Keele University has been named Sustainability Institution of the Year at a prestigious awards ceremony to celebrate sustainability in Higher Education.
Keele took home the top prize of Sustainability Institution of the Year (Large Institution) at this year’s Green Gown Awards, which also saw success for Dr Katherine Haxton, Senior Lecturer in Chemistry, who won the Sustainability Champion (Staff) award.
The Green Gown awards celebrate the efforts of Higher Education institutions to promote and embed sustainability across all of their operations.
This success reflects Keele’s commitment to embedding sustainability across all of its campus operations, including in its research, education, operations and community engagement.
In 2019, Keele was one of the first UK universities to declare a ‘climate emergency’, and has also reduced its carbon emissions by 39%, exceeding its 2020 target. Keele also announced an ambitious target to be carbon neutral by 2030, and has partnered with ENGIE to build two wind turbines and 15,000 solar panels on campus to support this pledge.
The University has also launched its Institute for Sustainable Futures to drive research into issues such as climate change, food security and clean energy on a local, national and global scale, and sustainability forms a crucial part of teaching and education at Keele across the whole curriculum, not just in Environmental Science.
Professor Mark Ormerod, Deputy Vice-Chancellor and Provost and Institutional Lead for Sustainability at Keele University said:
I’m absolutely delighted that Keele University has won Sustainability Institution of the Year at the sector’s Green Gown Awards. Our award, based on Creating Change through Collaboration is a tremendous collective achievement delivered through huge effort, great teamwork and innovation by our staff and students. I’m equally delighted for Dr Katherine Haxton winning the Sustainability Staff Champion award for her highly innovative approach to teaching sustainability in chemistry through problem and project-based learning. Winning two awards and being highly commended in another is fantastic and a measure of the breadth and profile of our sustainability activities.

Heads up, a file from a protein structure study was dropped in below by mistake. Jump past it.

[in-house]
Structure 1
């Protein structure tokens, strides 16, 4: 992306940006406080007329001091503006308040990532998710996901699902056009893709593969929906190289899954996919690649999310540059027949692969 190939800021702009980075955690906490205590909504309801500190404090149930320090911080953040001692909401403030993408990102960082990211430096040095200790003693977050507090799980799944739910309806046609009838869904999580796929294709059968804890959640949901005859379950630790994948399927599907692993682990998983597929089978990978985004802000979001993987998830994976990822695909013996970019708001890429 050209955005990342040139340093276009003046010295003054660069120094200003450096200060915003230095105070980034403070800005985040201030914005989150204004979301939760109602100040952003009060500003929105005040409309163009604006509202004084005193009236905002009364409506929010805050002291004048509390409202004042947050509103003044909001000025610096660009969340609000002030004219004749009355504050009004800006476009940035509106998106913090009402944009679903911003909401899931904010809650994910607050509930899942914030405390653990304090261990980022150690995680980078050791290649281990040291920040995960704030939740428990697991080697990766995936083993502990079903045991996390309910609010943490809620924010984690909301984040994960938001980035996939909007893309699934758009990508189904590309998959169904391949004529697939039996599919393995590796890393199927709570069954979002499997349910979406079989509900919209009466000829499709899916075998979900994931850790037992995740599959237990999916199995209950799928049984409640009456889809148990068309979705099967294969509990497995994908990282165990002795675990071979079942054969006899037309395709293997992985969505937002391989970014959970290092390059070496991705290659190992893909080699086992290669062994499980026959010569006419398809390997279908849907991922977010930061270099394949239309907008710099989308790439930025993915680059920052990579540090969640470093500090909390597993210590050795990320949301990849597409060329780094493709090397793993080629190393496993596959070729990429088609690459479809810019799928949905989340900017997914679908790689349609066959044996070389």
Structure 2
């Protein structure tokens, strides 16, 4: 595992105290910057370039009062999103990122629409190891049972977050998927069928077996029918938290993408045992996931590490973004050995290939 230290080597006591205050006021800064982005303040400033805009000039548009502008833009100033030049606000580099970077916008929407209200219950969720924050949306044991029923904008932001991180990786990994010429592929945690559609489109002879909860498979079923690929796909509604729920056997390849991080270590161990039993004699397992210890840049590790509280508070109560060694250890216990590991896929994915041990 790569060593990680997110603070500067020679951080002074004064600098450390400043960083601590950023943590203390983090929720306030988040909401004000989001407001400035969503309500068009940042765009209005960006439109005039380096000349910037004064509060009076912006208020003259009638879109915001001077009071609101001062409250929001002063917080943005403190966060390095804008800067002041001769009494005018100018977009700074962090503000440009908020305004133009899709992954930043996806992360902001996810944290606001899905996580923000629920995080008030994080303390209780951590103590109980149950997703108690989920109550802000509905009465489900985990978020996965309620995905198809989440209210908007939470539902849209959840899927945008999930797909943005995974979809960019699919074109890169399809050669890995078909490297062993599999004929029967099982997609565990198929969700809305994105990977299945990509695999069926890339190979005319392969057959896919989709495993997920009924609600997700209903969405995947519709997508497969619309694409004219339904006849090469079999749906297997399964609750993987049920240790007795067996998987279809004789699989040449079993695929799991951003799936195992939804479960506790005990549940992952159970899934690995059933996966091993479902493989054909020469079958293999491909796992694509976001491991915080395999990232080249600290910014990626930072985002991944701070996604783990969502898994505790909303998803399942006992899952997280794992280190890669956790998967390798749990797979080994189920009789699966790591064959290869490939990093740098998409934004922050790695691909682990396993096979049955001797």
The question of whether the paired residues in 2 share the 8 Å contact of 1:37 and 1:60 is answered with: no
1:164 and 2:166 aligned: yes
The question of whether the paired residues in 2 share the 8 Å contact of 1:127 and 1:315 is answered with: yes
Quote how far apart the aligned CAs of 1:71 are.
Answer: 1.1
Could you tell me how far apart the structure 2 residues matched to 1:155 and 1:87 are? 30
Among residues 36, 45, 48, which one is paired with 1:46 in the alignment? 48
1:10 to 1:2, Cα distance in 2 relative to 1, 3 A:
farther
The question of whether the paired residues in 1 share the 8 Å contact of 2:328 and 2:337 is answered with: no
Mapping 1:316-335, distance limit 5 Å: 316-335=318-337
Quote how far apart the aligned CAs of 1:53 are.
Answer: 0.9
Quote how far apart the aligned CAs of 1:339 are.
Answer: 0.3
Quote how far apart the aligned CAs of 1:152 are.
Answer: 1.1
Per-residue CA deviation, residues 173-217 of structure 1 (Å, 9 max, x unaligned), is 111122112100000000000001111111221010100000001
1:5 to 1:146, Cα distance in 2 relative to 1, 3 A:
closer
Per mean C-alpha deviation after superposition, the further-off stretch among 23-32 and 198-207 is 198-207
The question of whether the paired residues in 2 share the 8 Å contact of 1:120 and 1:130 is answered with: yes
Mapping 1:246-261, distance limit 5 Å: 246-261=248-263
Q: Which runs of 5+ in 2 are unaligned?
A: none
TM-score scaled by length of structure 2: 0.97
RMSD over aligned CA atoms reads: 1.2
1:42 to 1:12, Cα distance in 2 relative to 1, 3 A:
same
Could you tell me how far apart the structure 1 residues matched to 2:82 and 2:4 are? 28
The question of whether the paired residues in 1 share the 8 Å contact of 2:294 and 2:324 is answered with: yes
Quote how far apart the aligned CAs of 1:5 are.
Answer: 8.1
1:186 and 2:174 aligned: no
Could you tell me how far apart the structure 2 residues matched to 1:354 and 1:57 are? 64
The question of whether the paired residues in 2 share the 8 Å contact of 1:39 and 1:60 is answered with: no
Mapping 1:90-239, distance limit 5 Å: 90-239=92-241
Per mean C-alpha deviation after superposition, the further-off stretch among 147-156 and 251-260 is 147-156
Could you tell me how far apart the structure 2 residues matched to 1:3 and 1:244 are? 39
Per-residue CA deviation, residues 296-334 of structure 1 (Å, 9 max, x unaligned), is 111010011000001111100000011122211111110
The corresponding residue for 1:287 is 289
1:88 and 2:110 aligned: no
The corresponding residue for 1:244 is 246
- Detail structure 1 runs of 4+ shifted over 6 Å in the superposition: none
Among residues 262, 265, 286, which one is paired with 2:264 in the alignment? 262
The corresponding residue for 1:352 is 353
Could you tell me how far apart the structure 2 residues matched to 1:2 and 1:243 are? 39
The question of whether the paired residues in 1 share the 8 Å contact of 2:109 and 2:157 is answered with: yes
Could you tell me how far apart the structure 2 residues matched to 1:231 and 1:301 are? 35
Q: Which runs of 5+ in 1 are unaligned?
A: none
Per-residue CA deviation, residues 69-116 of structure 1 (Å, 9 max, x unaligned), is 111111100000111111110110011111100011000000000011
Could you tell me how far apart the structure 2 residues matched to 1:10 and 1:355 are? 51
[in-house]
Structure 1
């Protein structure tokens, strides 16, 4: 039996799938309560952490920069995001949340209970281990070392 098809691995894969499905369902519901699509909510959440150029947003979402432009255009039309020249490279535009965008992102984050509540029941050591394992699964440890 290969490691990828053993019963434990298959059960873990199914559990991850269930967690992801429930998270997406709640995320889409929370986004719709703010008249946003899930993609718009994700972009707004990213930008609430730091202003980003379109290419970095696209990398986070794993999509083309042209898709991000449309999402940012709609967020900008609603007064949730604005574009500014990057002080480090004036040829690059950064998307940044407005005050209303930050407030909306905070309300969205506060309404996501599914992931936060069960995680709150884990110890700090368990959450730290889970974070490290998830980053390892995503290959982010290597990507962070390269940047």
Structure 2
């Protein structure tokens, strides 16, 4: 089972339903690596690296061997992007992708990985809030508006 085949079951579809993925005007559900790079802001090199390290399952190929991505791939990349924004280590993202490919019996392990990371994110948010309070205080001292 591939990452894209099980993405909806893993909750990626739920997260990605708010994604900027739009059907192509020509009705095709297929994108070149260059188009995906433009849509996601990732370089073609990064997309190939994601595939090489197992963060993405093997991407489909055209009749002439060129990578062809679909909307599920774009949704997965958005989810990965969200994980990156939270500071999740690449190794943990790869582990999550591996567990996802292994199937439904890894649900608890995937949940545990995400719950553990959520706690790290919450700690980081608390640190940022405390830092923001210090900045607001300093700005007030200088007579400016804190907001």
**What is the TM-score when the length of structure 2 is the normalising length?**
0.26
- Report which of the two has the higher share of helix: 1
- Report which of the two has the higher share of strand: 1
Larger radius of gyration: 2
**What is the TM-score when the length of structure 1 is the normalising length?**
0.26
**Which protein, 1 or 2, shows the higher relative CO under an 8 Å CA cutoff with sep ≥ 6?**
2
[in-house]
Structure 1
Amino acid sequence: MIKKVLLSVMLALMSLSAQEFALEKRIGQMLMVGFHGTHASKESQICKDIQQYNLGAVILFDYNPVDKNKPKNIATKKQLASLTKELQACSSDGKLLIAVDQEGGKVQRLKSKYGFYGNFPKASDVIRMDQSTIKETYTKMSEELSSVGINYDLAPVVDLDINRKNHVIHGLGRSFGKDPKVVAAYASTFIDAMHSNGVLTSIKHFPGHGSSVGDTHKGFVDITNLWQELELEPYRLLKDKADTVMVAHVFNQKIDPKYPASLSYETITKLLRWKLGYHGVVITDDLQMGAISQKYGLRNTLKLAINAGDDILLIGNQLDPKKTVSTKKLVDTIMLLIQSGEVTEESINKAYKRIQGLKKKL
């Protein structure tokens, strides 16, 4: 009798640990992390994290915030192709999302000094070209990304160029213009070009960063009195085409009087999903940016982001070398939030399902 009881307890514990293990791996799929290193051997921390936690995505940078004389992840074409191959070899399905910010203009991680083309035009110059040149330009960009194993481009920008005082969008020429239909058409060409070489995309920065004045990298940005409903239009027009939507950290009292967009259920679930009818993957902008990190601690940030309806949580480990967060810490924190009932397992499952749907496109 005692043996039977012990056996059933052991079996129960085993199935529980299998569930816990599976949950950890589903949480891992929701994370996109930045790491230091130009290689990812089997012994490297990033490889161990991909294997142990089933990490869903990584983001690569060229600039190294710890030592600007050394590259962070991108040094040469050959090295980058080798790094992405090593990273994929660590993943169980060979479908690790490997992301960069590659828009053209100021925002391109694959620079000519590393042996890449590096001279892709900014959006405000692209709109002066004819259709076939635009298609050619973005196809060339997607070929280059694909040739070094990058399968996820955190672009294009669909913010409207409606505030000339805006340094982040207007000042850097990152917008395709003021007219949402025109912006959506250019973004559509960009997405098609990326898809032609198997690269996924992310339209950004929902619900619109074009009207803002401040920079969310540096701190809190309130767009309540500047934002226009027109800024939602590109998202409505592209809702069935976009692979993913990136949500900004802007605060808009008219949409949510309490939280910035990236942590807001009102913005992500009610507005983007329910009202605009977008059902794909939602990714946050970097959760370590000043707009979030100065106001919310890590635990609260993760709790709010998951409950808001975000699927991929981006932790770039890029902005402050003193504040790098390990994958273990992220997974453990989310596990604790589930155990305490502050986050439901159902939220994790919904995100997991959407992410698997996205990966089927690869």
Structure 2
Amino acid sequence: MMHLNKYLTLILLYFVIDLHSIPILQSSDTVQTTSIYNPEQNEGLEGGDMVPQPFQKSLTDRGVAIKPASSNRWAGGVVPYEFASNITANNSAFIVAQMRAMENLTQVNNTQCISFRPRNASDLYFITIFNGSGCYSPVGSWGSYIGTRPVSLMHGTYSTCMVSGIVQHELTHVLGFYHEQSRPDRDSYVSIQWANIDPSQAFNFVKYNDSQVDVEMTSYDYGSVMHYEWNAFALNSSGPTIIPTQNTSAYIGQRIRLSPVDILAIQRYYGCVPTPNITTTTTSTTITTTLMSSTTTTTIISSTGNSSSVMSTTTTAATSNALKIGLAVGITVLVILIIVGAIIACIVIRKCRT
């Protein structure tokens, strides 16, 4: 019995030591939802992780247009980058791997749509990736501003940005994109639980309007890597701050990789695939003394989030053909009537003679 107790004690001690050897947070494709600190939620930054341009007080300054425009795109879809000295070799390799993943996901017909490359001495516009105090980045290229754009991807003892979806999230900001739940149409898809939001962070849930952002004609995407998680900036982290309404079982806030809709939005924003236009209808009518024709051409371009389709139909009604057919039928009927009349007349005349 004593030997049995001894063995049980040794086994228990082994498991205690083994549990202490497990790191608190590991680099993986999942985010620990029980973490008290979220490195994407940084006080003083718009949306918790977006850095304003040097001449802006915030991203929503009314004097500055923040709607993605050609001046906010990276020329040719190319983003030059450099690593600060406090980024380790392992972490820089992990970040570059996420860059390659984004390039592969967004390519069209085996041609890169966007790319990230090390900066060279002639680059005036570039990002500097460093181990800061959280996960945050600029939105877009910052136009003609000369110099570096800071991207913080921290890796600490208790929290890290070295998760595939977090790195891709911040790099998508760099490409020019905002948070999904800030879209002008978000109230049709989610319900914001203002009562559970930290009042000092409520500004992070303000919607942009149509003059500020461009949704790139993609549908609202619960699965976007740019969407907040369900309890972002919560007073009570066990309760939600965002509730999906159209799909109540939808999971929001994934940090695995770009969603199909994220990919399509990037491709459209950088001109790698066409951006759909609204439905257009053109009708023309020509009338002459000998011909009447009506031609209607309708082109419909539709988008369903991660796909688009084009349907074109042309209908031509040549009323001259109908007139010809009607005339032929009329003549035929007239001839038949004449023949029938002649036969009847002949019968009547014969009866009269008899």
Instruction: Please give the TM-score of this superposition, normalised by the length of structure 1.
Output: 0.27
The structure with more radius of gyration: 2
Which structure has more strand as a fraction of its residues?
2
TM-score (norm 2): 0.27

Dr Haxton’s work has included the development of a module that placed chemistry in the social, political and economic context of ‘the real world’ with a heavy emphasis on environmental sustainability, covering topics including e-Waste and water security and exploring some of the underlying chemistry, as well as the implications for humanity.
Dr Haxton, who won this year’s Sustainability Champion award added:
I’m honoured that my work has been recognised in this way. It’s a reflection of several years of hard work and also the valuable input and support of many colleagues and lots of students. It is fantastic to work at an institution that values sustainability so highly and I’m looking forward to continuing this work.